That’s not quite as anti-domestic as it sounds, because Rose values both housekeeping and baby-tending. But she wants to accomplish something else before that stage of her life.

I enjoyed this exchange about novels with Rose and her friend, Kitty:

“I’m sure I’ve read a great deal more than some girls do. I suppose novels don’t count, though, and are of no use, for, goodness knows, the people and things they describe aren’t a bit like the real ones.”

“Some novels are very useful and do as much good as sermons, I’ve heard Uncle say, because they not only describe truly, but teach so pleasantly that people like to learn in that way,” said Rose, who knew the sort of books Kitty had read and did not wonder that she felt rather astray when she tried to guide herself by their teaching.

In Eight Cousins there was also much discussion of books one aunt felt were harmful to the younger cousins. I wondered how these compared to the “blood and thunder” books Louisa enjoyed writing.

I also smiled at a section where Rose and cousin Mac discuss the benefits of reading Thoreau and Emerson, knowing that both men were friends of Louisa’s family.

Although the Alcotts were ahead of their time in many ways, Louisa still seemed to hold to the idea that different classes ought not to marry: either that, or she was illustrating problems with that idea by her characters. Phebe started out as a maid from the orphan house in the last book, but was so sweet and industrious and bright that Rose and her uncle sought to give her a good education. Now grown up, everyone loves Phebe—until one of the cousins falls in love with her. Since she’s an orphan of unknown origin, her family tree could contain anybody, and what would it do to the good Campbell name if it should be joined with someone that could be unsavory? That seemed to be the thinking of the aunts, but Rose and Alec and a couple of others had no problem with Phebe becoming part of the family. But Louisa had Phebe prove herself worthy in other ways.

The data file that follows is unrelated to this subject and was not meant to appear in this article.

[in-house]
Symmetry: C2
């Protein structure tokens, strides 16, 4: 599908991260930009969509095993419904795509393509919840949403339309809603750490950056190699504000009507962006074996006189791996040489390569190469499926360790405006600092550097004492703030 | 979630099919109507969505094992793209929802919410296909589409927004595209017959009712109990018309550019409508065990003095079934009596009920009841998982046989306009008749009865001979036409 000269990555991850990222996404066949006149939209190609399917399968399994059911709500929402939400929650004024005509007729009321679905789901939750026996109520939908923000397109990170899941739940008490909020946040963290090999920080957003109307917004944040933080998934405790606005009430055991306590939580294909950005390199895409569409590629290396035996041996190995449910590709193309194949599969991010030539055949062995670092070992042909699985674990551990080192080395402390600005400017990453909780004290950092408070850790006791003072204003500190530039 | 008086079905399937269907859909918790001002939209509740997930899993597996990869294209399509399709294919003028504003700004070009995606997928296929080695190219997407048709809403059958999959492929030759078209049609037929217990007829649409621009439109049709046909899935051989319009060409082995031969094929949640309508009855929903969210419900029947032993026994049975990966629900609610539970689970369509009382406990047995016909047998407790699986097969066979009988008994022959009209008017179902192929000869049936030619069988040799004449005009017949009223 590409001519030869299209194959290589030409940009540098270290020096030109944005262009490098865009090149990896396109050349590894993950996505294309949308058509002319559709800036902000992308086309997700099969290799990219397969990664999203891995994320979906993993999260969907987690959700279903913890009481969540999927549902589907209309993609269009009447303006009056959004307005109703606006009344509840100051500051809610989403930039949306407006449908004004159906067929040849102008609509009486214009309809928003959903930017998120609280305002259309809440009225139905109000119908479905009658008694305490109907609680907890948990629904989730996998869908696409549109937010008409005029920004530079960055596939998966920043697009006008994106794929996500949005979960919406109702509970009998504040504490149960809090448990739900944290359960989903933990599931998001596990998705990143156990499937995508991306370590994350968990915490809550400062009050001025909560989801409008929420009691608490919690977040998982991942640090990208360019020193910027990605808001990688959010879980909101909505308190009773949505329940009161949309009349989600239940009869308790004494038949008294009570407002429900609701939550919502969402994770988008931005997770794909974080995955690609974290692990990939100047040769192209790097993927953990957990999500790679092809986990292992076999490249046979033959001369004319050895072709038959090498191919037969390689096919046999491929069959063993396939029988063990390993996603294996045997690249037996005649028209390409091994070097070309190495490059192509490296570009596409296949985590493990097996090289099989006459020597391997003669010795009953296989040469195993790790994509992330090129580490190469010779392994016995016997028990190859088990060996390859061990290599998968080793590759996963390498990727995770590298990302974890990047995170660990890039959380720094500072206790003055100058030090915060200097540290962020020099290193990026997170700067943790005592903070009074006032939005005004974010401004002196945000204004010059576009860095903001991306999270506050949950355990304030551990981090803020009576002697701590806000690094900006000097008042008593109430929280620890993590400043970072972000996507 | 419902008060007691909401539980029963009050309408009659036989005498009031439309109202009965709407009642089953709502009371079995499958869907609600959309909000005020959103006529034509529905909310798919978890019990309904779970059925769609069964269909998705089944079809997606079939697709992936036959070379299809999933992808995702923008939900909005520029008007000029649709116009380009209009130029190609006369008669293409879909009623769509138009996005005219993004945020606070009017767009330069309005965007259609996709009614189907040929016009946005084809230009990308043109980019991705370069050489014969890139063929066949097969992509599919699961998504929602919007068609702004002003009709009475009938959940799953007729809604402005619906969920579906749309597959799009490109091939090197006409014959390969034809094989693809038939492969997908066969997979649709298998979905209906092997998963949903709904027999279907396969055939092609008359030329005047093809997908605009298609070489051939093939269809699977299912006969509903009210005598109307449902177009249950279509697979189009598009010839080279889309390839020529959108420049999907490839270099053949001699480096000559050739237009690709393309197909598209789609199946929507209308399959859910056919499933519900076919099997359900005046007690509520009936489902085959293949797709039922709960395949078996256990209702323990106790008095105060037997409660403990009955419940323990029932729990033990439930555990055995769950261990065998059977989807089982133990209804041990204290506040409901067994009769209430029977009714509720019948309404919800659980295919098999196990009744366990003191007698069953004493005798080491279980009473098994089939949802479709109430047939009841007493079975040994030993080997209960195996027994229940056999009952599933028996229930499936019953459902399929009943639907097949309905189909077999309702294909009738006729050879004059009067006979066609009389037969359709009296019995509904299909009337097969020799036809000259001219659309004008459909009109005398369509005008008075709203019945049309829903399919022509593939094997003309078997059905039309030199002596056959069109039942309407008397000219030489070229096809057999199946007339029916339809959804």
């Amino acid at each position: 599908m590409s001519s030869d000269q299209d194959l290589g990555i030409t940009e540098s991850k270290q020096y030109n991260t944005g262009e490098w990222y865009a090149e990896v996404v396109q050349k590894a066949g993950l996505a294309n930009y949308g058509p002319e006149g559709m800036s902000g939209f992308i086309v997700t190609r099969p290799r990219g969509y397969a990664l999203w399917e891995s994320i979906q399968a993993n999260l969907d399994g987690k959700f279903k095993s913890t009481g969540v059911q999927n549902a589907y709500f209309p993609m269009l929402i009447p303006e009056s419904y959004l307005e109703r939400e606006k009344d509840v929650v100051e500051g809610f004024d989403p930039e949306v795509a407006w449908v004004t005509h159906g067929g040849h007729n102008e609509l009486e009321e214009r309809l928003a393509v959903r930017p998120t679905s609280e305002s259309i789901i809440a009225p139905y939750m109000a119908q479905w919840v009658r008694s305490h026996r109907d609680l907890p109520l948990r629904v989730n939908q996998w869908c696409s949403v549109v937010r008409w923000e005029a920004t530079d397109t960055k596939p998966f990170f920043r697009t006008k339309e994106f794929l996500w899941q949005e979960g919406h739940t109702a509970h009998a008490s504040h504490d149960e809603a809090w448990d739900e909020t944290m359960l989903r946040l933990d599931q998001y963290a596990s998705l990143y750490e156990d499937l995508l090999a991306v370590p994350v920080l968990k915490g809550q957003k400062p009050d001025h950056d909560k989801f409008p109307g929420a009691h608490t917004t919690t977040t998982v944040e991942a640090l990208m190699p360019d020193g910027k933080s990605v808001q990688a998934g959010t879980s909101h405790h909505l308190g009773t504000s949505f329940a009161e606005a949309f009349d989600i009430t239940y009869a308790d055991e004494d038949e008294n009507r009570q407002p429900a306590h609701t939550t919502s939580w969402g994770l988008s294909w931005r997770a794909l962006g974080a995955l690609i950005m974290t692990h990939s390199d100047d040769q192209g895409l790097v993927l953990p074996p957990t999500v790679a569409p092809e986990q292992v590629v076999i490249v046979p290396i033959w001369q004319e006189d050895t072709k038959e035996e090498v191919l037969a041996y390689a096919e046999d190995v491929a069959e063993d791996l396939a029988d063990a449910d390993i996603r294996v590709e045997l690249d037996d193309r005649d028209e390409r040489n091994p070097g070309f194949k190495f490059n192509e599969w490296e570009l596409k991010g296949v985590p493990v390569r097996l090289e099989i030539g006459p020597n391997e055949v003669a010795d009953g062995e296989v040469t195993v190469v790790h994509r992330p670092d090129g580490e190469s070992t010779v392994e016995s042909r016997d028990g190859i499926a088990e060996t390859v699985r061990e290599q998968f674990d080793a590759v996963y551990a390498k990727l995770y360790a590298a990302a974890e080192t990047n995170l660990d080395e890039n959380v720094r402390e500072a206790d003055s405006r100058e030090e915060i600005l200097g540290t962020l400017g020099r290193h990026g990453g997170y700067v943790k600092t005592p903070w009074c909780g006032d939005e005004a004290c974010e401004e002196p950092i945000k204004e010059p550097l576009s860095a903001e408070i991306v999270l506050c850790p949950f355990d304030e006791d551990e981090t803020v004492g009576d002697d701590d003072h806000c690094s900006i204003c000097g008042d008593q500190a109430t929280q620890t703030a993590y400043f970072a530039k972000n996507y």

Overall, this was a sweet story of the choices and trials of growing into maturity.

Louisa May Alcott Reading Challenge

I’m going to wrap up my reading for Tarissa’s Louisa May Alcott Reading Challenge here instead of in a separate post. I read:

I also watched the newest movie version of Little Women that was in theaters last year.

I always love spending time with Louisa and appreciate Tarissa’s challenge every June.

(Sharing with Books You Loved, Booknificent Thursday)